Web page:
Eden TDL25R Plus Expert Review

Eden products, Knivesandtools’ own brand have definitely proven their worth over the years and conquered a strong position in the range. In addition to a substantial amount of knives, bins and kitchen tools there are also various Eden flashlights. Developed and extensively tested by the people at Knivesandtools for, as its target group, bobbies and security personnel. However, in time ‘civilian editions’ were added to the range as well, perfect for everyday use. When Knivesandtools asked me to test my first Eden light ever, I was definitely curious! In this review I will share my personal feelings about one of the latest models, the Eden TDL25R Plus. Spoiler alert: I never held a flashlight that can so easily be adjusted to a user’s wishes! But more about that later, with, of course photographs of the light itself and its beam. I will also tell you more about what I think of the light and how it works. Will you join me?

Eden TDL25R Plus specs

Let’s start with the specs that are neatly listed on the website; I will discuss a couple that are key:

  • Minimal light output: 1 lumen
  • Maximum light output: 1000 lumens
  • Beam distance: 340 meters
  • LED light: Cree XP-L High Intensity
  • Number of light modes: 5
  • Additional light modes: beacon, firefly, flashing mode, SOS, stroboscope
  • Thickness (body): 2.2 cm
  • Thickness (head): 3.4 cm
  • Length: 14.9 cm
  • Weight: 137 cm
  • Works with: 1x 18650 battery or 2x CR123A batteries

Eden TDL25R Plus Unboxing

The box the Eden TDL25R Plus comes in doesn’t stand out, neither do the contents. We see the light (including the 3400 mAh battery) and a charging cable. That’s it, but, fair is fair, you don’t need a whole lot more to get started. Perhaps a quick-guide would have been useful because you need to download the manual from the product page. On the website you will find different accessories, amongst which a solid sheath and a practical spiral cord. Good to know: most parts are individually sold to make sure you can easily expand the Eden TDL25R Plus with a charging cable and/or battery. In conclusion: austere, but enough.

First impressions

The Eden TDL25R is a medium-sized light; about the size of the Fenix FD41, which is slightly bigger. It fits in your pocket, but feels more comfortable in your coat pocket or in a holster. The first impressions of the TDL25R Plus are very good: the light feels slightly heavy, but that is simply due to the construction quality. The finish is also great: it has a nice matt-black ‘finish’. I always tend to look at a light critically, but I couldn’t find a spot in the black layer or the reflector. The engraving is also properly in place.

What I immediately noticed was that the head of the light and the body have multiple structures. Ridges in the head of the light for a great discharge of the heat and an intricate structure on the body give the TDL25R Plus enough grip. You can remove the tactical ring, but even when you remove the ring the light still won’t roll away. Striking details in the head of the light are the magnetic charging unit with, next to it, a miniature status light for charging and the rotating ring you can use to control the light. This rotating ring has many options but I will get back to that when I talk more about the controls. The matt-silver edge on the head of the light beautifully fits the design. In the head we spot another remarkable detail: a rubber rim to protect the glass during a fall.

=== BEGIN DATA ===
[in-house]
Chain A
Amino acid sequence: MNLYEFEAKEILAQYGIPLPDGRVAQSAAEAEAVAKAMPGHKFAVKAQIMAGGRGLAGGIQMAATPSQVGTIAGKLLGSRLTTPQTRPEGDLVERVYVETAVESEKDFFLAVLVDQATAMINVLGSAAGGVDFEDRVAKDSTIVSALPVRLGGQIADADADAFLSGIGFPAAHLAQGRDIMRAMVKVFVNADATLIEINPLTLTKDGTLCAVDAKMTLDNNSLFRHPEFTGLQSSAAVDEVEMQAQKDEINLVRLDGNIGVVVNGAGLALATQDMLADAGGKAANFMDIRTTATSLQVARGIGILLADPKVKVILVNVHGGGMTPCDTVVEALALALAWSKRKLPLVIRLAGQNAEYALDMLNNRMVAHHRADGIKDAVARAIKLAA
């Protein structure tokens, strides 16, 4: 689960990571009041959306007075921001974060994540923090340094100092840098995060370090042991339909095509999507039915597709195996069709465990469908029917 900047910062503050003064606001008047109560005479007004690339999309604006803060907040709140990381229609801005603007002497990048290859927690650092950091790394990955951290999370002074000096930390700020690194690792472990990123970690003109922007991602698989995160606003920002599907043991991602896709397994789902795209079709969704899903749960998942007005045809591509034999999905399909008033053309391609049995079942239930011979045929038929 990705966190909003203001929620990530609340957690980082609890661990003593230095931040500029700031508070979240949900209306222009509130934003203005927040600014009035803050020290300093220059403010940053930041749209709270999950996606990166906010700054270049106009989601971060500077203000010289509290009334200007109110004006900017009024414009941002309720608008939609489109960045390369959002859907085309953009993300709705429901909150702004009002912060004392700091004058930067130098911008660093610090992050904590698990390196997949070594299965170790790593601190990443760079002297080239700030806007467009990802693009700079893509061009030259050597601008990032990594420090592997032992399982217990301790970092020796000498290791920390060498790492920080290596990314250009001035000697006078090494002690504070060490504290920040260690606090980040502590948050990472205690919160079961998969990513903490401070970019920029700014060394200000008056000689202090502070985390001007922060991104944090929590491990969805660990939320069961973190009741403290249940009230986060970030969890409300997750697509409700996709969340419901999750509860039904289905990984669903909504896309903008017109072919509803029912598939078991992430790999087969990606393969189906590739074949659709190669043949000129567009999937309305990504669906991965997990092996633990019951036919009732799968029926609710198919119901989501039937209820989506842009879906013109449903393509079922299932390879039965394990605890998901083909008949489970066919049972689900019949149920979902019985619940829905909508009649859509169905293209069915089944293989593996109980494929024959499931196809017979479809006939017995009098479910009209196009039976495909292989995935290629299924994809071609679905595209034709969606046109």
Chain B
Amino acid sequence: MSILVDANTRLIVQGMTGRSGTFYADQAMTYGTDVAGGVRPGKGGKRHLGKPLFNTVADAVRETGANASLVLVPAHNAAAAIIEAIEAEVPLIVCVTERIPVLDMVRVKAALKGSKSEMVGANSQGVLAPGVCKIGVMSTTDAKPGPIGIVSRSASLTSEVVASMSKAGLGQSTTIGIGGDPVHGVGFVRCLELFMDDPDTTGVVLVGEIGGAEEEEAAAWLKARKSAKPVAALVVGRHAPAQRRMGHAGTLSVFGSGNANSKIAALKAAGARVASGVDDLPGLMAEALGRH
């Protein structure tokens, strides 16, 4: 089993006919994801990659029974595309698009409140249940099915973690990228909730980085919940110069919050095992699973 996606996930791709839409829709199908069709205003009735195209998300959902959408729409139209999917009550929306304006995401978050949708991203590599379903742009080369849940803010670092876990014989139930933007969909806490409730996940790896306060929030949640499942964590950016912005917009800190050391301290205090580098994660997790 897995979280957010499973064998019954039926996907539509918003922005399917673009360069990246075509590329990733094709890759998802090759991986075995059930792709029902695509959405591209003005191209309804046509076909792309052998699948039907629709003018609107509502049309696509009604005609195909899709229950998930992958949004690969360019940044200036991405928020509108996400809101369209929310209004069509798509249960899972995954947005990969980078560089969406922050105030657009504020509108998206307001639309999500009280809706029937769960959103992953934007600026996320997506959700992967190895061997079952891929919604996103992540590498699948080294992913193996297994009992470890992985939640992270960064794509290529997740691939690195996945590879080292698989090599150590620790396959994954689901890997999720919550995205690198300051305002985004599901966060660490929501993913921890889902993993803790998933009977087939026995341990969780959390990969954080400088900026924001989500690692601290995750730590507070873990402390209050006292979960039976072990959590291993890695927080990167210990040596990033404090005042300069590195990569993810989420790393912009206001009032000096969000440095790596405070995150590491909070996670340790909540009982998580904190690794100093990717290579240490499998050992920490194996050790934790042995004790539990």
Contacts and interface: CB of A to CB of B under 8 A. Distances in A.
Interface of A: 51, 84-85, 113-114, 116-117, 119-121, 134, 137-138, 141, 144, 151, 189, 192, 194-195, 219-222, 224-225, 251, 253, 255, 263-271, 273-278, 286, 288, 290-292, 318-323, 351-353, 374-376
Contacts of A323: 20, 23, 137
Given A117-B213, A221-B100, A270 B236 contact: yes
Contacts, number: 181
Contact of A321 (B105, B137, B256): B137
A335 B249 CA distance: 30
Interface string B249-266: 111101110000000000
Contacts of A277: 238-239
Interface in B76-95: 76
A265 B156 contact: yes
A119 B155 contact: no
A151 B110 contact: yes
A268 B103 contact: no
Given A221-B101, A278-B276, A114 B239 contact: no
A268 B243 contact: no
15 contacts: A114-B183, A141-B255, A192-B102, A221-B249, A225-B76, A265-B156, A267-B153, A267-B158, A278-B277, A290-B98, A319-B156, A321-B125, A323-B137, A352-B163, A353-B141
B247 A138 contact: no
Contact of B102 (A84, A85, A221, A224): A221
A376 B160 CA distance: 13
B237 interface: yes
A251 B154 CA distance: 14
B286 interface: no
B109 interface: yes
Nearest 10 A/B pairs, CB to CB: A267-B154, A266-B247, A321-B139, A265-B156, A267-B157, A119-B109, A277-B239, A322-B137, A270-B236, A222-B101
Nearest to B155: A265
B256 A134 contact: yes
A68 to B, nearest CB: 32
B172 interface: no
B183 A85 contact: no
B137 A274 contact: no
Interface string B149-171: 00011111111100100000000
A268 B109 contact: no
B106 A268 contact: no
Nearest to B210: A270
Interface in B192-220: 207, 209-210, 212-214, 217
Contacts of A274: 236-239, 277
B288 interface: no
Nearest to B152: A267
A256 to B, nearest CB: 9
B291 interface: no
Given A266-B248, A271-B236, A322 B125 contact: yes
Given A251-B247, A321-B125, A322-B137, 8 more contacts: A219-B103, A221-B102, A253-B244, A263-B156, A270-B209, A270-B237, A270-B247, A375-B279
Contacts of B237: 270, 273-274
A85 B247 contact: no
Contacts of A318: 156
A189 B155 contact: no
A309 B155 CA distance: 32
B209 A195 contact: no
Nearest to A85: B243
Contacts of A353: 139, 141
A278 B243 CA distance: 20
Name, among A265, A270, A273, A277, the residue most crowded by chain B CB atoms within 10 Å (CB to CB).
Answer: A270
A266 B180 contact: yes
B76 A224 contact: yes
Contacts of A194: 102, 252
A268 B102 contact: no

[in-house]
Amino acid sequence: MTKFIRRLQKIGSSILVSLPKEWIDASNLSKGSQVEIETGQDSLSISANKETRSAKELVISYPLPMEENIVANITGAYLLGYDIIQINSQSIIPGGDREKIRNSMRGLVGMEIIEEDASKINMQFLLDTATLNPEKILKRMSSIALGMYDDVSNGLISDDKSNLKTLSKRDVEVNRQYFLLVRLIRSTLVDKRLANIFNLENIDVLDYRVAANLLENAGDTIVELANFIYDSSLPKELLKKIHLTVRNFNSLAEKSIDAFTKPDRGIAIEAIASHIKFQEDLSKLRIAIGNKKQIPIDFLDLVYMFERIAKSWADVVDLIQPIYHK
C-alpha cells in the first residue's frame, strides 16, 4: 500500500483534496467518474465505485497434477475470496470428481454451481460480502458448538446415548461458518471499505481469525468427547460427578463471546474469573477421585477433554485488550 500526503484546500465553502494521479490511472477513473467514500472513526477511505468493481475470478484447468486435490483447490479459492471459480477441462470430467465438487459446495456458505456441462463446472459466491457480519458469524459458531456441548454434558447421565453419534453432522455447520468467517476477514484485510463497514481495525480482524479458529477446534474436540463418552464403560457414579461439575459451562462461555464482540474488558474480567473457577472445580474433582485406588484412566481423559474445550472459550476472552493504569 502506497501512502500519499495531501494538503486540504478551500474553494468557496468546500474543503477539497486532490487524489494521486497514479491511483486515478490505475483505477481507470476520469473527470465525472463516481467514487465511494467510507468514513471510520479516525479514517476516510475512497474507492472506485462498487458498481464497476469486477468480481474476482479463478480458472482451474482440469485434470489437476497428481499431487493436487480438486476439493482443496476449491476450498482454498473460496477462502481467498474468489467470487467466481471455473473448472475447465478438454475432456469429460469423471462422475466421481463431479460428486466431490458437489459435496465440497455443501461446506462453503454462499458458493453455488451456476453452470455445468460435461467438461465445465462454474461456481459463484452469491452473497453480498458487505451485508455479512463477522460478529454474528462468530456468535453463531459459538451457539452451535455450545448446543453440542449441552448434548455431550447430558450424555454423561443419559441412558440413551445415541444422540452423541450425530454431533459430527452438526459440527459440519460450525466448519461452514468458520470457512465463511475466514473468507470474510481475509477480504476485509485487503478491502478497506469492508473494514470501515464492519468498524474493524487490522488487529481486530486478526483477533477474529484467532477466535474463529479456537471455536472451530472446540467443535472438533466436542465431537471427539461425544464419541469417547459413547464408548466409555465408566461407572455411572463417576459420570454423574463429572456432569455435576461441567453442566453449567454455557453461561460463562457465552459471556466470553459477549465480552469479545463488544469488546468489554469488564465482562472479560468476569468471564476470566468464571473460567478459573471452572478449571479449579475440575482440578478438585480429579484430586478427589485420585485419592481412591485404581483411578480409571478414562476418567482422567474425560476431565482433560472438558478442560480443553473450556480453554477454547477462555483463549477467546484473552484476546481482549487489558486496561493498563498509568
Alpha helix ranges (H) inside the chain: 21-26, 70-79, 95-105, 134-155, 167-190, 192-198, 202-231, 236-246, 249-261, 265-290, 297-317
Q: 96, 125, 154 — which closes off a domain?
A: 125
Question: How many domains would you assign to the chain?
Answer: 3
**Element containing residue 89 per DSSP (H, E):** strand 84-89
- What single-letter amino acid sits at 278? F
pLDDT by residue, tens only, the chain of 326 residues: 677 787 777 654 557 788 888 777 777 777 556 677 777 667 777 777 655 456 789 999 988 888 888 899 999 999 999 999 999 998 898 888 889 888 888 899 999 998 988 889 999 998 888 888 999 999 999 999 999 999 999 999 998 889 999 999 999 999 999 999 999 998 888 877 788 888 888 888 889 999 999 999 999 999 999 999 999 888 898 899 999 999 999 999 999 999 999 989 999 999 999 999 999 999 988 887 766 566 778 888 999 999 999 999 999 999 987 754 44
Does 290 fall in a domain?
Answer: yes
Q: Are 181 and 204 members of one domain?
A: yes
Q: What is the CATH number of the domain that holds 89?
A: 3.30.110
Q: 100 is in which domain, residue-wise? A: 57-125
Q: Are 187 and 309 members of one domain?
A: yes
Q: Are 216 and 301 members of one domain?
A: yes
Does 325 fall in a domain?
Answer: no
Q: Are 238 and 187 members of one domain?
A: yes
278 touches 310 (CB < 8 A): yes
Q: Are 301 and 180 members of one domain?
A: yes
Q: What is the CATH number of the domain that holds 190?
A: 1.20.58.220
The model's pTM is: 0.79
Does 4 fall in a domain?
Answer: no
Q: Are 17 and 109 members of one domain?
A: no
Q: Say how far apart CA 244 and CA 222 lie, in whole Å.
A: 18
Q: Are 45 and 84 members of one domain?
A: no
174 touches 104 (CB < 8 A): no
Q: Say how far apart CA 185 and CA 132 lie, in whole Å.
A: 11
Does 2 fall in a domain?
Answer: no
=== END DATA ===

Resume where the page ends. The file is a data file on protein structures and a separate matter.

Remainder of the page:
In the head we find a rather deep and smooth reflector, which means that the beam will be narrow and bright. The flat XP-L Hi LED light is properly positioned in the middle which is a plus and, of course, key for the light profile. The LED light looks a little orange which predicts that the colour of the light will be warm. At the back we spot a large switch which, fortunately, doesn’t stick out, but can easily be found. It is also the reason why you can put the light on its base to use it as a candle or beacon. Combined with the optional red or white cones (34 mm) you can use the TDL25R as a beacon: the light has multiple flashing modes. A small eye has been added to the back to attach a spiral cord. The cord can also be attached to the tactical ring which, I feel, could have been a little bigger to make sure you can also attach thicker carrier cords.

The rubber on the switch has an intricate texture which means your thumb won’t slide of it when you use it. This is fine, just like the clear pressure point. The TDL25R Plus is comprised of three parts; the screw threads look good but it is wise to grease them to extend the life of the light. The end cap and the head have been enhanced with strong springs that absorb the blows. It looks neat on the inside, you can’t say much about that either. To conclude; the quality of the construction and the finish are great. It looks decent and was definitely thought through. Below a couple of photographs to clarify!